– A dozen Leesburg High School students will be doing more than math equations, English essays and science experiments this year. They’ll be constructing a home from the ground up, too. The three-bedroom, two-bath house will be built near downtown Leesburg, Fla., for a family in need as part of an unusual partnership between Habitat for Humanity of Lake-Sumter and Leesburg High’s Construction Academy.

Groundbreaking took place in August, with a throng of state and local elected officials, business leaders and members of the community showing support for both the project and the academy. The vacant lot was donated by the city.

“This is great — the students and Leesburg High School needed it, the city of Leesburg needed it and the community needed it,” said Don Magruder, CEO of RoMac Building Supply and chairman of the academy’s advisory committee.

Roughly 100 students are enrolled in the academy, and the 12 students participating in the build were chosen based on their performance and leadership in the classroom. Each was required to have at least one year of construction classes.

“They are really a great group of talented kids,” said Lynnea Weissman, project manager with the Lake County school district’s office of College and Career Readiness. “It’s an opportunity for them to give back to the community.”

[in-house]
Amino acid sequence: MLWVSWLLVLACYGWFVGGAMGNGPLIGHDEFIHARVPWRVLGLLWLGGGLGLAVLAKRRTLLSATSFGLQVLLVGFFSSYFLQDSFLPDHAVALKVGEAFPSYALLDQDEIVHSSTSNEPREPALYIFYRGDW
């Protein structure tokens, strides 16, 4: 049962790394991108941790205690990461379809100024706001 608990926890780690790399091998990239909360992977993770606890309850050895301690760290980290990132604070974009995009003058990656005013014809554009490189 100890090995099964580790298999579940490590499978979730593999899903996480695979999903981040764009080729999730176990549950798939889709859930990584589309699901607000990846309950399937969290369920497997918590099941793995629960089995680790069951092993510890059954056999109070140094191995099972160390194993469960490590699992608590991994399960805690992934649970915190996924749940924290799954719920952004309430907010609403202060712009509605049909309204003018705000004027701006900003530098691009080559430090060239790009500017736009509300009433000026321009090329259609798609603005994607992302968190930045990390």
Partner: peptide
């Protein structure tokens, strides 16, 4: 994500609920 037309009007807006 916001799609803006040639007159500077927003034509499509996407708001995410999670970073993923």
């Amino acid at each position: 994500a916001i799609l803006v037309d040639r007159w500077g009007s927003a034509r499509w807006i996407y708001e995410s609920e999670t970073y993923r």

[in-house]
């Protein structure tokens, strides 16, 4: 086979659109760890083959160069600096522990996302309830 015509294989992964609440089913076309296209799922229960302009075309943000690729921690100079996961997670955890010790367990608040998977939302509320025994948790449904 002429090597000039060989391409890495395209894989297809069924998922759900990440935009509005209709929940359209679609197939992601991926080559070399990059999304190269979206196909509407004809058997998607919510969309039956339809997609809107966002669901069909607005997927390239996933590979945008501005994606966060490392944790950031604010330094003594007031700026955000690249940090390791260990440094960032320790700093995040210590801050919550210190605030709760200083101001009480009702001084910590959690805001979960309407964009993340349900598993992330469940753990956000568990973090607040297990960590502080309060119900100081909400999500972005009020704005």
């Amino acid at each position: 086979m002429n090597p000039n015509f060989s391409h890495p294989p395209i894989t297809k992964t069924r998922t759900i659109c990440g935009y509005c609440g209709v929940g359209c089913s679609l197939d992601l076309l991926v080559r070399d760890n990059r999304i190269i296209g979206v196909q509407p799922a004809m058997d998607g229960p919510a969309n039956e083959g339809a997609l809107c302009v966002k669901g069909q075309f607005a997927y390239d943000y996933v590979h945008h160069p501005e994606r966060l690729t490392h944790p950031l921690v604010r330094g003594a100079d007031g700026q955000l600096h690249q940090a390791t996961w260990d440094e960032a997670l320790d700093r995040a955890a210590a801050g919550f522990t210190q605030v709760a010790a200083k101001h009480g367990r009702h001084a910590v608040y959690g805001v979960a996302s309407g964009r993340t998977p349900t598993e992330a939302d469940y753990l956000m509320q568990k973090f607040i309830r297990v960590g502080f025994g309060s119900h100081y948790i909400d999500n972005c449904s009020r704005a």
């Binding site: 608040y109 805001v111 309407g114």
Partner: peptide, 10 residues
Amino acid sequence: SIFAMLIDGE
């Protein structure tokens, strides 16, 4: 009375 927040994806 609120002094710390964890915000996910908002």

During the roughly eight-month project, the students will work alongside Habitat’s construction staff and professional tradespeople. They’ll use skills they’ve learned in class to work on every phase of the build, including the foundation and framing, electricity, plumbing, windows, doors, flooring and painting.

Senior Max Acosta, who is in his third year at the academy, said he walked into the academy during his sophomore year and fell in love with the program.

“It makes me feel really good to work on a project like this,” he said. “I’ll have a well-paid job after high school, too.”

At nearly 1,400 square feet, the Florida-cottage style house will be larger than a typical Habitat home. It’ll have a big front porch and design elements to help it blend in with the older traditional neighborhood, according to Danielle Shroud, Habitat’s director of development.

The academy’s instructor, Jim Ellwood, said participating students will be employable once they leave high school in a field with a growing demand for those with construction experience and skills.

Some students are already employed in the construction industry. Others have done summer internships and apprenticeships at area businesses.

“This will not be a labor workforce. This will be a skilled labor workforce and they’ll be able to enter a career field that pays well,” Ellwood said. As for the students working on the build, they’ll get to see firsthand the sweat equity Habitat requires of the yet-unannounced homeowners.

“This is not a free house,” he said. “The opportunity comes with strings attached, and the students will get to work alongside the new homeowners as they help build the house.”

Isaias Serna, a junior who’s also in his third year at the academy, said he’s excited about giving back to the community while learning skills and gaining certifications.

“I’m excited about the future,” he said.